5. Luminosity functions and mass functions
5.1. Luminosity functions
Another approach to investigate the existence of mass segregation is the analysis of the radial variation of the LF. Mass segregation is expected to produce variation in their slopes. We present the luminosity functions (LF) of the main sequence of the two clusters (as e.g. in Mateo, 1988; Vallenari et al., 1993; Will et al., 1995).
A series of LFs were constructed for each cluster at different radial distances from the centre of the cluster. In SL 666 we used four areas with , , and arcmin. In NGC 2098 the grid was somewhat coarser due to the poorer quality of the data (, and arcmin).
The LFs were normalised to an area of a circle of radius of 1 arcmin. The appropriate completeness corrections were applied (see Sect. 2), and the corresponding field LF was subtracted from the cluster LF. The resulting LFs are shown in Figs. 10a & 10b.
The photometric errors and completeness corrections (maximum accepted completeness 0.75) give reliable LFs down to mag for the innermost area of SL 666, and down to mag for the less crowded areas. In the case of NGC 2098, the corresponding limits are by at least 1 mag brighter, whereas the innermost region a limit at completeness 0.65 is adopted at mag.
We can represent the LF as a function of magnitude R following (e.g. Vallenari et al. 1993), and then obtain the slope s. The resulting slopes are given in Table 4. There is an apparent radial increase of the slope of the LF, in SL 666 (Fig. 10) up to radius arcmin. This slope shows a correlated trend with the corresponding radial distance giving a Spearman correlation coefficient equal to 0.8, with a correlation probability equal to 80%. NGC 2098 has poorer photometry therefore for the distance up to arcmin we have only the two innermost regions to represent a similar increase. Therefore NGC 2098 does not give very strong results about this effect.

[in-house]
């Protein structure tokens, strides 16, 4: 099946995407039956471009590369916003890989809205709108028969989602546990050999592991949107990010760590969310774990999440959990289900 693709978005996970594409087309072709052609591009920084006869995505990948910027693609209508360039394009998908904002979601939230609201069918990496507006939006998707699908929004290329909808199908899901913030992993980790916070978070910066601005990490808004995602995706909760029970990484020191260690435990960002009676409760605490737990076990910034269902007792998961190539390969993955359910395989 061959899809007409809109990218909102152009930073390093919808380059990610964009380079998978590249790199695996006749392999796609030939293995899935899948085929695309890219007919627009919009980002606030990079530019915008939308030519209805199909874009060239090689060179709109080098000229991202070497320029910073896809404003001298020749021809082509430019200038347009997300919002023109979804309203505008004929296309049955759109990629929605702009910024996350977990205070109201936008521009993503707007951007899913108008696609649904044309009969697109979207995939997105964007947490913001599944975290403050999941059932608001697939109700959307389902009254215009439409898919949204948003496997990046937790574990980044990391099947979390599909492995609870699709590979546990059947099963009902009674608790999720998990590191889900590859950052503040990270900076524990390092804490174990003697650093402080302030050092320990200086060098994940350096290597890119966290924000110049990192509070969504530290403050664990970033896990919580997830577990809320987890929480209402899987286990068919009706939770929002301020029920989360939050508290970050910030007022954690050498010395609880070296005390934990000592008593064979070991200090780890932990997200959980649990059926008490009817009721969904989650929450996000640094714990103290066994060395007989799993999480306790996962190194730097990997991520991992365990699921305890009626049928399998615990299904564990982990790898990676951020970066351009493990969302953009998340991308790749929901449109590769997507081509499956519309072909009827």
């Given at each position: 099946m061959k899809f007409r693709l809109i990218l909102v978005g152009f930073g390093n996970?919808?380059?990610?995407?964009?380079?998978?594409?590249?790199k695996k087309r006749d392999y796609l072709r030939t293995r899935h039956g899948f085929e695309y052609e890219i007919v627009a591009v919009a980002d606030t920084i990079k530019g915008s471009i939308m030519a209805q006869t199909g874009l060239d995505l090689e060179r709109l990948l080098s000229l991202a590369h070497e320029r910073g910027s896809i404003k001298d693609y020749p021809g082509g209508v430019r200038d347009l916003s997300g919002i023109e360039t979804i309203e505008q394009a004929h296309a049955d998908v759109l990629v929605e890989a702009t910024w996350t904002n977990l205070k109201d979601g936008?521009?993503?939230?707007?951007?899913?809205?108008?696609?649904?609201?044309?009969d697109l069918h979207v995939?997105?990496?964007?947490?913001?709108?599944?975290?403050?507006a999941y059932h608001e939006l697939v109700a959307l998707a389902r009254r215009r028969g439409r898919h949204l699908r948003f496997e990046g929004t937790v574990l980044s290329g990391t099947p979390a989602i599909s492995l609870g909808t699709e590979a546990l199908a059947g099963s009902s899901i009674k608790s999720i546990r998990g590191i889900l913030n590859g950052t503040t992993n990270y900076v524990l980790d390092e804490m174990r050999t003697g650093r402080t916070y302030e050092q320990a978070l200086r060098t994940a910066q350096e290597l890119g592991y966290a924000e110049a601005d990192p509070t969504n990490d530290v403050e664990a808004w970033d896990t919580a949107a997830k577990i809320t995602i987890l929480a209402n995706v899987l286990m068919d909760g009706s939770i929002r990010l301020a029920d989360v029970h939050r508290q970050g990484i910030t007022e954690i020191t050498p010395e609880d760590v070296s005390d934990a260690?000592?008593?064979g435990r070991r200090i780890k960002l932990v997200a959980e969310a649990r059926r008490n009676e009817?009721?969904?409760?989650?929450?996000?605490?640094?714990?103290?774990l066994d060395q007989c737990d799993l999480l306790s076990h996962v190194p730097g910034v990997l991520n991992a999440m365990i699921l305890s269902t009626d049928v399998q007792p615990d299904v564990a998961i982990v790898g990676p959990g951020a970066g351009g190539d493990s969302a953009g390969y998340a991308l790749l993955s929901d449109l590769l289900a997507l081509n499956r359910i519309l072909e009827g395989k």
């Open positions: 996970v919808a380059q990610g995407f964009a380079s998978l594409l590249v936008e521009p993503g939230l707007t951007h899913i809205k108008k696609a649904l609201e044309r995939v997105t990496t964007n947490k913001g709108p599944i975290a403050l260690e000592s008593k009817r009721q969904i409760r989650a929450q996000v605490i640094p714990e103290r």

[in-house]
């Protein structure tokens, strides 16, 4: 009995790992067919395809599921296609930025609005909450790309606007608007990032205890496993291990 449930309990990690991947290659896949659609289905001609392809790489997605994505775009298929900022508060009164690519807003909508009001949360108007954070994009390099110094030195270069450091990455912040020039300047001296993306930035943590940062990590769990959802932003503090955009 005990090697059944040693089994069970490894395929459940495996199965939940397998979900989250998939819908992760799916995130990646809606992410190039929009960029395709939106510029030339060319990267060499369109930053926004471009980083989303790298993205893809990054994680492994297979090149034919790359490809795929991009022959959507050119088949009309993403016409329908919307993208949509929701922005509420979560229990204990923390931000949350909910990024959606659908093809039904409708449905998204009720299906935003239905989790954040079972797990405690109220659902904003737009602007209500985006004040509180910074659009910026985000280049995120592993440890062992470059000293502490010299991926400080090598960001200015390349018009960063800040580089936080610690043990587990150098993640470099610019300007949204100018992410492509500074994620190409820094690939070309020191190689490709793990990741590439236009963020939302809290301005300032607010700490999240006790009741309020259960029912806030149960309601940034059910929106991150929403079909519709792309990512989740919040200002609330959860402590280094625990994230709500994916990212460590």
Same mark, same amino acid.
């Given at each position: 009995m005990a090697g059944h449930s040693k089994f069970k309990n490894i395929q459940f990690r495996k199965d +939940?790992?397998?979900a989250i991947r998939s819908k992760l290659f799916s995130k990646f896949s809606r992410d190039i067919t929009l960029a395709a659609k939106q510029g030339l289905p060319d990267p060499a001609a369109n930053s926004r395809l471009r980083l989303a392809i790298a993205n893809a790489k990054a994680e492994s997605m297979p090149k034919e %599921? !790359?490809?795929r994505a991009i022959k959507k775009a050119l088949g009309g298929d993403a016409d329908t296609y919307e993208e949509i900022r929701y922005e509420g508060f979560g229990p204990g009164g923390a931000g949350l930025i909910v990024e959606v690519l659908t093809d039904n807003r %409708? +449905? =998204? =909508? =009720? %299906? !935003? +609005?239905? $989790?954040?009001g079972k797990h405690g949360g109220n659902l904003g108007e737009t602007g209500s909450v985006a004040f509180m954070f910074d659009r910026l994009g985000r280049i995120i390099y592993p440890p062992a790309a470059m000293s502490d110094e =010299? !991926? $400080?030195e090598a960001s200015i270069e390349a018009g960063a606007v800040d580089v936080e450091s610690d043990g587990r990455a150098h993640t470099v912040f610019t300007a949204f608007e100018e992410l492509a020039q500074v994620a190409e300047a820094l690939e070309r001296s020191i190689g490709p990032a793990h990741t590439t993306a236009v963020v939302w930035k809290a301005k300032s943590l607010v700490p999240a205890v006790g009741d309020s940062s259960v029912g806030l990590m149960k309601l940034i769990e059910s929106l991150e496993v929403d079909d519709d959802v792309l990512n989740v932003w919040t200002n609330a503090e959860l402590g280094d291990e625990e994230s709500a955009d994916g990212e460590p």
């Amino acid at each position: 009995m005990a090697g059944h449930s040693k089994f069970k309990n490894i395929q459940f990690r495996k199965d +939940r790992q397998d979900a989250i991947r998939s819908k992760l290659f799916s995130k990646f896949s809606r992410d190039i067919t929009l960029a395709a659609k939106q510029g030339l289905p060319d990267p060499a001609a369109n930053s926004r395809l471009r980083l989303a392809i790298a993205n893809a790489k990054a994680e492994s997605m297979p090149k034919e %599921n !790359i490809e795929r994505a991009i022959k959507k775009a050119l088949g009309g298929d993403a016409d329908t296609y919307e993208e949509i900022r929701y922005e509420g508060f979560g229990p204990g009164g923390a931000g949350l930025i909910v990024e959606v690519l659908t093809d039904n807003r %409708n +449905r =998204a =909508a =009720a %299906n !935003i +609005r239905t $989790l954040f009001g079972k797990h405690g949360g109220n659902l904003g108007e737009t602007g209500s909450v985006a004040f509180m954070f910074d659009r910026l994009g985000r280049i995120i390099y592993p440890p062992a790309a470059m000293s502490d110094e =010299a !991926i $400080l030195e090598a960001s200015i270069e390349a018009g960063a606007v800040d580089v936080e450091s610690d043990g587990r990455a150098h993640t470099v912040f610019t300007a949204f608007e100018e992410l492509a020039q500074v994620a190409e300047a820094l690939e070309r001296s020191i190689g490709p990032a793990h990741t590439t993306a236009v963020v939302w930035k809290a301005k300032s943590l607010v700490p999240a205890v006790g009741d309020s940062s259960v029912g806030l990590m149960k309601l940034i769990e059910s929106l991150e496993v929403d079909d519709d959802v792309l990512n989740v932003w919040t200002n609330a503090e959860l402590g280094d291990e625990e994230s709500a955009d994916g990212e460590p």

Table 4. Radial gradient of the LF
5.2. Mass function
The mass function is generally defined as:
where x can be calculated from the slope of vs . The LFs of Sect. 5.1 were used along with the mass-luminosity relation derived from the adopted theoretical stellar models to calculate the main sequence mass functions for the program clusters. Table 5 gives the derived mass function for the stellar masses adopted. This transformation assumes necessarily that all stars in the cluster are of the same age, and whatever bright end differences of main sequence stars are basically due to mass differences.
Table 5. Mass function for SL 666.
Subsequently the values of the slope x in the various regions were calculated, and are shown in Table 6. The Spearman correlation coefficient between the slopes and the radial distances was found to be equal to 0.8 with a correlation probability equal to that found from the LF slopes (i.e. 80%). The results for NGC 2098 have large errors, as expected from the much poorer quality of the data, and cannot be used reliably for a radial study of the variation of the mass function.
Table 6. Values of mass function slope x in the various regions for SL 666
© European Southern Observatory (ESO) 1998
Online publication: July 20, 1998